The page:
- Division of Environmental Services
- Office of Water Quality
- Environmental Water Quality and Estuarine Studies Branch
- Aquatic Ecology Section
- Bay-Delta Monitoring and Analysis Section
- Environmental Real Time Monitoring and Support Section
- Special Studies Research Section
- Interagency Ecological Program
Contact UsKaren Gehrts, Chief
Environmental Water Quality and Estuarine Studies Branch
3500 Industrial Blvd
West Sacramento, CA 95691
Phone: (916) 376-9694
MOVEMENT PATTERNS OF SUB-ADULT STRIPED BASS IMPLANTED WITH ACOUSTIC TRANSMITTERS
Movement patterns differed seasonally between acoustically tagged sub-adult striped bass. Statistical and Visualization analyses showed three distinct movement patterns segregated defined by salinity: Riverine (<0.50‰), Low Salinity Zone (LSZ) (0.51-10.0 ‰), and Bay residence (10.1-30 ‰).
Riverine Residents remained within freshwater habitat across all seasons. LSZ Residents (Estuarine) exhibited movement primarily within mesohaline habitat, seldom visiting freshwater or marine habitats. The Bay residents moved within polyhaline and euhaline habitats across all seasons. This can be observed in the above maps entitled Riverine Resident, Bay Resident_1, and LSZ.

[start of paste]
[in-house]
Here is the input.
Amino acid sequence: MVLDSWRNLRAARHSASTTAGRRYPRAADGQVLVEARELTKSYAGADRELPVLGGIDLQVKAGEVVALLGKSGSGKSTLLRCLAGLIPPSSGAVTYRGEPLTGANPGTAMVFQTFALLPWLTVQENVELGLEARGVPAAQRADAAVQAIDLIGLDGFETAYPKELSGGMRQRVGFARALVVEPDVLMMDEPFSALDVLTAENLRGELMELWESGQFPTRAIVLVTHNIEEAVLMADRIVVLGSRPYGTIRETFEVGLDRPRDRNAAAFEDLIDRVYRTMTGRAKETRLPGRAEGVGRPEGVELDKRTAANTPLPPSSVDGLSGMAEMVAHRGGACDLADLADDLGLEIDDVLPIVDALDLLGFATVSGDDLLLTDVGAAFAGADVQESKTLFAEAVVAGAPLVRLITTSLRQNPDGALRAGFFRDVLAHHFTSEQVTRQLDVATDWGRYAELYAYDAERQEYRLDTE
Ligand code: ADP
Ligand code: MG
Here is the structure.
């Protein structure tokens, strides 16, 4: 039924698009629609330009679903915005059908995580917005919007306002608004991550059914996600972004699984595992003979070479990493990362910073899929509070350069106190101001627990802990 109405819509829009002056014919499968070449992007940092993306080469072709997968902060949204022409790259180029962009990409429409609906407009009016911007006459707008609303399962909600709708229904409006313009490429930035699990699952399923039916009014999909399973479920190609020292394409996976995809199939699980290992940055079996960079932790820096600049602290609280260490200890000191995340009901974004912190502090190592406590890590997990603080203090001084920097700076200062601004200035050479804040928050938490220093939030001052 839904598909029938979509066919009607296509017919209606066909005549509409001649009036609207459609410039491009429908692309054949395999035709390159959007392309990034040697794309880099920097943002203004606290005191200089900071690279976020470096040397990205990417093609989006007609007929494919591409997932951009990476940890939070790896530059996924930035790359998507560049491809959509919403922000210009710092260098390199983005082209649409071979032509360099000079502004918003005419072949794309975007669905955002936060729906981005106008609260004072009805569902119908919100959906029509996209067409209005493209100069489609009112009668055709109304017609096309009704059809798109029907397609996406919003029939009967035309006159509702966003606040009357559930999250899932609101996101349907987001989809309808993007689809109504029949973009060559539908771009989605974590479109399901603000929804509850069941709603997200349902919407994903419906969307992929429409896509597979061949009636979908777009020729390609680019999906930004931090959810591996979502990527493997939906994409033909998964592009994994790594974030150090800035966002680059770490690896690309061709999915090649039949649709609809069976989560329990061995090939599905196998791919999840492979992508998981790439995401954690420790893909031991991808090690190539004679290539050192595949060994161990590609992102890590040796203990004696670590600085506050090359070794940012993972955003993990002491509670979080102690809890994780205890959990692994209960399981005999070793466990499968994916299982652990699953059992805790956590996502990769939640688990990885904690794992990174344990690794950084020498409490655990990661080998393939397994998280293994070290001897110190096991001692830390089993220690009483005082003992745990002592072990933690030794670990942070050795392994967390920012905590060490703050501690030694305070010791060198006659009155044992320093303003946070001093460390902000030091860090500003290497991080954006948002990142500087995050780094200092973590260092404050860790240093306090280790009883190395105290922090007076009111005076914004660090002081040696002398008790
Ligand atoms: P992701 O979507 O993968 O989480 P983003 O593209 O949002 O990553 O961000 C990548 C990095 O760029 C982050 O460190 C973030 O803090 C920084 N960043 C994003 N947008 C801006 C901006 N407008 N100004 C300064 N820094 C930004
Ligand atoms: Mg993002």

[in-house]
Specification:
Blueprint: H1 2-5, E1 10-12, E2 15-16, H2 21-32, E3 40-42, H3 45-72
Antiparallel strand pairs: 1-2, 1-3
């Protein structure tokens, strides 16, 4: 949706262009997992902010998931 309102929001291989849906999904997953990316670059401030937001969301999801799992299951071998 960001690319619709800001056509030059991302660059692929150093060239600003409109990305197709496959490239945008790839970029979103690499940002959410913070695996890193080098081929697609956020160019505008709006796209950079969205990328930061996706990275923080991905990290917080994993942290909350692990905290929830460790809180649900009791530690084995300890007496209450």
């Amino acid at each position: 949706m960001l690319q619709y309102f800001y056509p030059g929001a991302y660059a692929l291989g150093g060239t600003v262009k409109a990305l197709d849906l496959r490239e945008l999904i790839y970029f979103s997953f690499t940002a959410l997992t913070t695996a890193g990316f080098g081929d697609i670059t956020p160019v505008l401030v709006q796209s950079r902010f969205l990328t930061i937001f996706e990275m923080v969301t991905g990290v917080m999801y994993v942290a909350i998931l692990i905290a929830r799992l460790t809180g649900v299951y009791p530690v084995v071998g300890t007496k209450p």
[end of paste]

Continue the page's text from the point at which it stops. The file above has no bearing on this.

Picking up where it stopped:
Three notable migrations occurred. In late spring 2011, an upstream migration was observed in the Riverine Residents. Some Bay and LSZ fish moved into the Sacramento (Colusa County) and Feather rivers (Sutter County) and Coyote Creek (San Clara County). This may indicate that some male fish matured and engaged in their first spawning run. In fall, an upstream foray was undertaken by a few Bay and LSZ Residents into freshwater habitat averaging 14 days, with fish returning to their departure location. This can be observed in the maps below entitled Bay Resident_2, South Bay Migrant, and Fall Migrant.
Our findings are consistent with recent otolith microchemistry studies in the SFEW. As described on the Atlantic Coast, Riverine Residents may be dominated by immature male fish where the Bay Residents may be composed of females. The movement patterns of sub-adult striped bass could have important consequences to the management of the recreational fishery, ESA-listed species recovery plans, and future restoration planning. We recommend that future management consider the effects of striped bass bimaturation (males mature at age 2 years; females between ages 4-6 years), its impacts on movement patterns, and predation.